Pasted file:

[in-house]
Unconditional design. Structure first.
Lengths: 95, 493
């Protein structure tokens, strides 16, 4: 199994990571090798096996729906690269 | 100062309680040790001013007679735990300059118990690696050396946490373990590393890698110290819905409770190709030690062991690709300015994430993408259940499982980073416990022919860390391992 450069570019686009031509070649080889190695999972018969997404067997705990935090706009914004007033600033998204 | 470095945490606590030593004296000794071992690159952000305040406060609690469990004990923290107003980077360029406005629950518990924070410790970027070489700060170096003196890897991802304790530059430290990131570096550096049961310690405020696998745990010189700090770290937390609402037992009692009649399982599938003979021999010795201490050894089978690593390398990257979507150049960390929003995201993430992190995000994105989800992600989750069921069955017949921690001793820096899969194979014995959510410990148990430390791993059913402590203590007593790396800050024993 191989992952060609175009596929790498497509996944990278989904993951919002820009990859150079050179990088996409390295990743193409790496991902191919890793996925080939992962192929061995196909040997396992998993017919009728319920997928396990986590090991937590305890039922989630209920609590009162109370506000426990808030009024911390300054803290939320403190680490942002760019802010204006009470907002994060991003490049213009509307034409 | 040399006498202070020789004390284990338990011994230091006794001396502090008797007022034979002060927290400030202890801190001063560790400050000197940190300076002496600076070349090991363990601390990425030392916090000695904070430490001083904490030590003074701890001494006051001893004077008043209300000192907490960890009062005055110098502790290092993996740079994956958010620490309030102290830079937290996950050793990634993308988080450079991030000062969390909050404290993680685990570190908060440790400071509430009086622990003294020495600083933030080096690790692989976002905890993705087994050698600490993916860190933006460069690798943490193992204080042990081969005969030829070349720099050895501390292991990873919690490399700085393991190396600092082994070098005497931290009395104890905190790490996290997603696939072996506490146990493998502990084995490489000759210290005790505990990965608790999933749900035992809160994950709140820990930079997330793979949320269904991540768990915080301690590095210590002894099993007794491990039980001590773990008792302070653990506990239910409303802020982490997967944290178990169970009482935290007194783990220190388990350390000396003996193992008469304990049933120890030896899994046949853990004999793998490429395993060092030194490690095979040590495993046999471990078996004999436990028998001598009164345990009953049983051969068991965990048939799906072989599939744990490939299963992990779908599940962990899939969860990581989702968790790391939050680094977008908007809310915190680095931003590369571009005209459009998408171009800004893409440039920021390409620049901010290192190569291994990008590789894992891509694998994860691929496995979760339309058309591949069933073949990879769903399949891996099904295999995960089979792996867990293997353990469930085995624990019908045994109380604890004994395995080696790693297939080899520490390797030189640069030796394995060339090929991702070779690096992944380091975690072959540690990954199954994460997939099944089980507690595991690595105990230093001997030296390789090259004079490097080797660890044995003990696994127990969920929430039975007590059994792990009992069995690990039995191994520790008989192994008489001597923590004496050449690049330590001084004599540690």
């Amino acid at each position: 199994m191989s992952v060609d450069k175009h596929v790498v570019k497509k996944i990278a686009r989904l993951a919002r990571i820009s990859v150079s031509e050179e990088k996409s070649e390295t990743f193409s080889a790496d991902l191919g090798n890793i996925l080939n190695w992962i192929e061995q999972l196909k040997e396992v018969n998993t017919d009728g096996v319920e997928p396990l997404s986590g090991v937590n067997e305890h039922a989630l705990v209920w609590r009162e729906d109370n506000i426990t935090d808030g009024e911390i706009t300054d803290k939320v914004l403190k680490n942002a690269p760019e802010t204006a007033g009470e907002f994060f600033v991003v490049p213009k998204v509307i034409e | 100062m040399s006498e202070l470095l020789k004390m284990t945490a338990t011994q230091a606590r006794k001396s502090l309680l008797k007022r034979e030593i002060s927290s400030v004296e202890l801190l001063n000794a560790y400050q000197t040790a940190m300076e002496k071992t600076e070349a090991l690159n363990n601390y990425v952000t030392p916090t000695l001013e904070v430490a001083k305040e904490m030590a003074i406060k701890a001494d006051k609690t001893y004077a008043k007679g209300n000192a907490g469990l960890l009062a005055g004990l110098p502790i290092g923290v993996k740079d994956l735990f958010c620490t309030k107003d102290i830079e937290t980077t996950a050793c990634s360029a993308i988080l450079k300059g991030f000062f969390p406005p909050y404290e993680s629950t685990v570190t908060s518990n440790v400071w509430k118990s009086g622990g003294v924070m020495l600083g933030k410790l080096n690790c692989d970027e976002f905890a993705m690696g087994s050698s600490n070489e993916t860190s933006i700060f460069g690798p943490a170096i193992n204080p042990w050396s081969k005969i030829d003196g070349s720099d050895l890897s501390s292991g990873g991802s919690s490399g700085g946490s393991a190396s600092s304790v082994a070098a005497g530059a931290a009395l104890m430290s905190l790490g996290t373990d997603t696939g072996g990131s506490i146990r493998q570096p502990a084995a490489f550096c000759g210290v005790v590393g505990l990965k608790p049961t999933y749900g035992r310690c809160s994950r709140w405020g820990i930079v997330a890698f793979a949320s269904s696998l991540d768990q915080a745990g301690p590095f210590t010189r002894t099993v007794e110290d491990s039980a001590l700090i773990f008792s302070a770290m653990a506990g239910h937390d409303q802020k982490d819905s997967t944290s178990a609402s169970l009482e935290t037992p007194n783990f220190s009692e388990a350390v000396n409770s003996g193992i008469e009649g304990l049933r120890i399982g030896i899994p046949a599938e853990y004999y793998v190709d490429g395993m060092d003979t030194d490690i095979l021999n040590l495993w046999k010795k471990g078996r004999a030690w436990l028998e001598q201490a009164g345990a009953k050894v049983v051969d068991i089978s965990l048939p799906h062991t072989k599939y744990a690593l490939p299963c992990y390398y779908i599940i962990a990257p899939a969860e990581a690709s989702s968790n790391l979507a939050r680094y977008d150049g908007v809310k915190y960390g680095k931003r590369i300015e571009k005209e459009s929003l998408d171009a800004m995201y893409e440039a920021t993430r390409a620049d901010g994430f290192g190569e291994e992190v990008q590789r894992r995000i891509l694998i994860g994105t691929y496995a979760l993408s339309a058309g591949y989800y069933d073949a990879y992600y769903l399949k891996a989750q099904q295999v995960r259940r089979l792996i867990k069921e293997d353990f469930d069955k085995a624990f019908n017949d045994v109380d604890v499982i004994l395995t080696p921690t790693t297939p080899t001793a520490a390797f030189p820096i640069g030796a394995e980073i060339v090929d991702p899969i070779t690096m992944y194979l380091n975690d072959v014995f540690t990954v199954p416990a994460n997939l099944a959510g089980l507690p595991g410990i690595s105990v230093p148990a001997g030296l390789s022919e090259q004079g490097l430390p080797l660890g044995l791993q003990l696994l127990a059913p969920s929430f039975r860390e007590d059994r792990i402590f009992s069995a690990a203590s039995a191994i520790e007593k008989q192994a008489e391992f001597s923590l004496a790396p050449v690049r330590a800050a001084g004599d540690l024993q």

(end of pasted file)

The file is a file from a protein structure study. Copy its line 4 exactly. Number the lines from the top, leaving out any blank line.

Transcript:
């Protein structure tokens, strides 16, 4: 199994990571090798096996729906690269 | 100062309680040790001013007679735990300059118990690696050396946490373990590393890698110290819905409770190709030690062991690709300015994430993408259940499982980073416990022919860390391992 450069570019686009031509070649080889190695999972018969997404067997705990935090706009914004007033600033998204 | 470095945490606590030593004296000794071992690159952000305040406060609690469990004990923290107003980077360029406005629950518990924070410790970027070489700060170096003196890897991802304790530059430290990131570096550096049961310690405020696998745990010189700090770290937390609402037992009692009649399982599938003979021999010795201490050894089978690593390398990257979507150049960390929003995201993430992190995000994105989800992600989750069921069955017949921690001793820096899969194979014995959510410990148990430390791993059913402590203590007593790396800050024993 191989992952060609175009596929790498497509996944990278989904993951919002820009990859150079050179990088996409390295990743193409790496991902191919890793996925080939992962192929061995196909040997396992998993017919009728319920997928396990986590090991937590305890039922989630209920609590009162109370506000426990808030009024911390300054803290939320403190680490942002760019802010204006009470907002994060991003490049213009509307034409 | 040399006498202070020789004390284990338990011994230091006794001396502090008797007022034979002060927290400030202890801190001063560790400050000197940190300076002496600076070349090991363990601390990425030392916090000695904070430490001083904490030590003074701890001494006051001893004077008043209300000192907490960890009062005055110098502790290092993996740079994956958010620490309030102290830079937290996950050793990634993308988080450079991030000062969390909050404290993680685990570190908060440790400071509430009086622990003294020495600083933030080096690790692989976002905890993705087994050698600490993916860190933006460069690798943490193992204080042990081969005969030829070349720099050895501390292991990873919690490399700085393991190396600092082994070098005497931290009395104890905190790490996290997603696939072996506490146990493998502990084995490489000759210290005790505990990965608790999933749900035992809160994950709140820990930079997330793979949320269904991540768990915080301690590095210590002894099993007794491990039980001590773990008792302070653990506990239910409303802020982490997967944290178990169970009482935290007194783990220190388990350390000396003996193992008469304990049933120890030896899994046949853990004999793998490429395993060092030194490690095979040590495993046999471990078996004999436990028998001598009164345990009953049983051969068991965990048939799906072989599939744990490939299963992990779908599940962990899939969860990581989702968790790391939050680094977008908007809310915190680095931003590369571009005209459009998408171009800004893409440039920021390409620049901010290192190569291994990008590789894992891509694998994860691929496995979760339309058309591949069933073949990879769903399949891996099904295999995960089979792996867990293997353990469930085995624990019908045994109380604890004994395995080696790693297939080899520490390797030189640069030796394995060339090929991702070779690096992944380091975690072959540690990954199954994460997939099944089980507690595991690595105990230093001997030296390789090259004079490097080797660890044995003990696994127990969920929430039975007590059994792990009992069995690990039995191994520790008989192994008489001597923590004496050449690049330590001084004599540690």